As The Hu crew set the stage with a drum kit, a percussion kit and then a totem raised in the middle of the stage as well for good measure, the crowd’s anticipation skyrockets. There are cheers, people start pushing to the front and all eyes are on the stage. The lights darken, music starts and The Hu storm the stage in their full leather gear and instruments in hand. What surprised me tonight was how close the music translates from recording to live, with the number of instruments changing on stage with one of the singers wearing a belt of flutes and the percussionist also had things changing every couple of songs as well, everything was audible. One of the main draws to The Hu is the traditional throat singing and vocal harmonies created, they did not disappoint. All members on stage have a microphone and the vocal mix is well done with only one of the main vocals being lower in the mix at some points but watching them sing together is nothing short of amazing.

The sheer happiness and excitement of the band is an energy that is room filling, they didn’t stop smiling or laughing to each other from start to finish. They are incredibly passionate about their music and culture and having that energy come back at them from the crowd, they couldn’t stop jumping and screaming “Thank you” and “Rock On” which were pretty much the only English sentences spoken by them. One of the main vocalists would occasionally have a quick little speech in their native tongue to be met with cheers or people looking around not knowing what was said but there was one girl who made the crowd laugh each time because each time he spoke in Mongolian, we would here “I farkin luv ya” in such a thick Aussie accent. The complete opposites in languages but I’m sure the sentiment was the same.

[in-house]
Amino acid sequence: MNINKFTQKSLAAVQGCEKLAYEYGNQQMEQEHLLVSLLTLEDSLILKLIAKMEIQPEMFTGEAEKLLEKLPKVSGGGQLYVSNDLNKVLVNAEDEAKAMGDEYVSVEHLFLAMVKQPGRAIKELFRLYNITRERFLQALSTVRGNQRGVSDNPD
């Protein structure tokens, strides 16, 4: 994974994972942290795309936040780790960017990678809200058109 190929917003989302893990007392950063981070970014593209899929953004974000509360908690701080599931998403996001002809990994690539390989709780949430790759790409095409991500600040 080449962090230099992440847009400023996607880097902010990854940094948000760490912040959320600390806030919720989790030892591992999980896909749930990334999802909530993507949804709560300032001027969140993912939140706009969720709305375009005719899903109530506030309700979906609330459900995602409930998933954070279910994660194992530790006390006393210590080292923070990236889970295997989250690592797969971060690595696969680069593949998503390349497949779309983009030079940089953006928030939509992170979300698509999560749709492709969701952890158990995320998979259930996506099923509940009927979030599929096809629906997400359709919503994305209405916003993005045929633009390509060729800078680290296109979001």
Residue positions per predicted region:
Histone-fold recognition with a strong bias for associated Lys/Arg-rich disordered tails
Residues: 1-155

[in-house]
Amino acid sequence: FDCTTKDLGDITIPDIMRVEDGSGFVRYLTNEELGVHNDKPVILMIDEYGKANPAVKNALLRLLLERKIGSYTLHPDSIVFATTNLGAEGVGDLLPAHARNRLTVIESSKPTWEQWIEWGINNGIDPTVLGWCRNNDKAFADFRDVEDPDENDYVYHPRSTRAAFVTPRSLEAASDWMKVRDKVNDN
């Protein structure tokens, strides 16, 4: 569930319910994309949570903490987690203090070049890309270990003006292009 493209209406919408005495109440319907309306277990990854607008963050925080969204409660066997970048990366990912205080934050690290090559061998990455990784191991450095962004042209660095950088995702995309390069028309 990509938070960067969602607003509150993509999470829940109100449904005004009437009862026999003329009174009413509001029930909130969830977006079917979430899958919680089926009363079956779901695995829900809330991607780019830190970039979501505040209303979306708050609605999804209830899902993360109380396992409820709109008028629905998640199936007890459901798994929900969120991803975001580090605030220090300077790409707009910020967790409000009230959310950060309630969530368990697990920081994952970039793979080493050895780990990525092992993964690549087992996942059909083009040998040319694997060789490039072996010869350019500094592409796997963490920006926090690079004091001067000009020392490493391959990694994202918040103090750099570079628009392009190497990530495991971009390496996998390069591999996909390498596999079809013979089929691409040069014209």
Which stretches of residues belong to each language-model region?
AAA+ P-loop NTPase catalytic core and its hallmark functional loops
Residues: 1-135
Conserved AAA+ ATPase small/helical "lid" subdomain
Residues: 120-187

The crowd involvement for songs like Shoog Shoog, Yuve Yuve Yu and Wolf Totem was electric. The rhythms of this band just sent people dancing and singing. Ending the set on the latest singles Black Thunder and This is Mongo, the crowd and band are relentless, thriving off each other’s energy and getting a circle pit going. They come back for a sweet little encore with a cover of Metallica’s Sad But True and what a cover! What a great way to end the night!

For my first international band in about 18 months, what better way than to get back into it than with The Hu? I had high expectations for these guys, and they blew them out of the park! I hope the rest of the tour is as great as this was.

THE HU
Black Thunder Australia & NZ Tour 2022

Saturday, August 6: Bridgeway Hotel, Adelaide
(Previously Hindley Street Music Hall)
Sunday, August 7: The Roundhouse, Sydney Sold Out
Thursday, August 11: Powerstation, Auckland NZ Sold Out

For complete tour and ticket and information, visit: 
livenation.com.au, livenation.co.nzthehuofficial.com

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[Review] Thornhill @ 170 Russell, Melbourne 15/07/2022